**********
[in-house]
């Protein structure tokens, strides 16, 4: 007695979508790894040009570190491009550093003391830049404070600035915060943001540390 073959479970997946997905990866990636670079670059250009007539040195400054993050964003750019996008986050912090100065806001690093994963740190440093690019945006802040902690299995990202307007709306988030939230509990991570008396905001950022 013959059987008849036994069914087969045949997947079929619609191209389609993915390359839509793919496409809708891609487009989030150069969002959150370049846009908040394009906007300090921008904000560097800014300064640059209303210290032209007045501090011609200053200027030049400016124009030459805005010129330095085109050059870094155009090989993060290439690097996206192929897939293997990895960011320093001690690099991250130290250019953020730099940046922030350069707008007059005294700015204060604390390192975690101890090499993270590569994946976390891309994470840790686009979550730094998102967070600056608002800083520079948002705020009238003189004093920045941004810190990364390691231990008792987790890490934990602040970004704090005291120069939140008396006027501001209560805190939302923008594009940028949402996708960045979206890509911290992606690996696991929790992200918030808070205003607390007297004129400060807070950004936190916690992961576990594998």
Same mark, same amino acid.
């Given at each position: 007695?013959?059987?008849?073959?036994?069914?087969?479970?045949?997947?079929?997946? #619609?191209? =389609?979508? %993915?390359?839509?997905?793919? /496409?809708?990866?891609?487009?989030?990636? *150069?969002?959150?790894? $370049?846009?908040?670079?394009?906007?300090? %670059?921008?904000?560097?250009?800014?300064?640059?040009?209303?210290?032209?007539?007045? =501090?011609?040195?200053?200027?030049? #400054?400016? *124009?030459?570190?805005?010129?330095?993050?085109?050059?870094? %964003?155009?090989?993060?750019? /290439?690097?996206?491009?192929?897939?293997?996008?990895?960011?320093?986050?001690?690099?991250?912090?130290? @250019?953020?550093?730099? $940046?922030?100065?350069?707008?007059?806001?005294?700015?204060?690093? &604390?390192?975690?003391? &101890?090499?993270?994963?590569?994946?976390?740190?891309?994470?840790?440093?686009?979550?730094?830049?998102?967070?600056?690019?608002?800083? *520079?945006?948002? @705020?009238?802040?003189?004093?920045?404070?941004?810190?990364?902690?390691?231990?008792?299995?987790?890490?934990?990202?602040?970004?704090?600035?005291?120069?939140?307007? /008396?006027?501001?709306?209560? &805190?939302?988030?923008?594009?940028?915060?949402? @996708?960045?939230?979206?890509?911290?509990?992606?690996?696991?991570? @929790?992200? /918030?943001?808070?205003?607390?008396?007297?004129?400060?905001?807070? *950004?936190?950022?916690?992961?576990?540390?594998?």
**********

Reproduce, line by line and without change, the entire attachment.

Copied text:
[in-house]
């Protein structure tokens, strides 16, 4: 007695979508790894040009570190491009550093003391830049404070600035915060943001540390 073959479970997946997905990866990636670079670059250009007539040195400054993050964003750019996008986050912090100065806001690093994963740190440093690019945006802040902690299995990202307007709306988030939230509990991570008396905001950022 013959059987008849036994069914087969045949997947079929619609191209389609993915390359839509793919496409809708891609487009989030150069969002959150370049846009908040394009906007300090921008904000560097800014300064640059209303210290032209007045501090011609200053200027030049400016124009030459805005010129330095085109050059870094155009090989993060290439690097996206192929897939293997990895960011320093001690690099991250130290250019953020730099940046922030350069707008007059005294700015204060604390390192975690101890090499993270590569994946976390891309994470840790686009979550730094998102967070600056608002800083520079948002705020009238003189004093920045941004810190990364390691231990008792987790890490934990602040970004704090005291120069939140008396006027501001209560805190939302923008594009940028949402996708960045979206890509911290992606690996696991929790992200918030808070205003607390007297004129400060807070950004936190916690992961576990594998």
Same mark, same amino acid.
């Given at each position: 007695?013959?059987?008849?073959?036994?069914?087969?479970?045949?997947?079929?997946? #619609?191209? =389609?979508? %993915?390359?839509?997905?793919? /496409?809708?990866?891609?487009?989030?990636? *150069?969002?959150?790894? $370049?846009?908040?670079?394009?906007?300090? %670059?921008?904000?560097?250009?800014?300064?640059?040009?209303?210290?032209?007539?007045? =501090?011609?040195?200053?200027?030049? #400054?400016? *124009?030459?570190?805005?010129?330095?993050?085109?050059?870094? %964003?155009?090989?993060?750019? /290439?690097?996206?491009?192929?897939?293997?996008?990895?960011?320093?986050?001690?690099?991250?912090?130290? @250019?953020?550093?730099? $940046?922030?100065?350069?707008?007059?806001?005294?700015?204060?690093? &604390?390192?975690?003391? &101890?090499?993270?994963?590569?994946?976390?740190?891309?994470?840790?440093?686009?979550?730094?830049?998102?967070?600056?690019?608002?800083? *520079?945006?948002? @705020?009238?802040?003189?004093?920045?404070?941004?810190?990364?902690?390691?231990?008792?299995?987790?890490?934990?990202?602040?970004?704090?600035?005291?120069?939140?307007? /008396?006027?501001?709306?209560? &805190?939302?988030?923008?594009?940028?915060?949402? @996708?960045?939230?979206?890509?911290?509990?992606?690996?696991?991570? @929790?992200? /918030?943001?808070?205003?607390?008396?007297?004129?400060?905001?807070? *950004?936190?950022?916690?992961?576990?540390?594998?």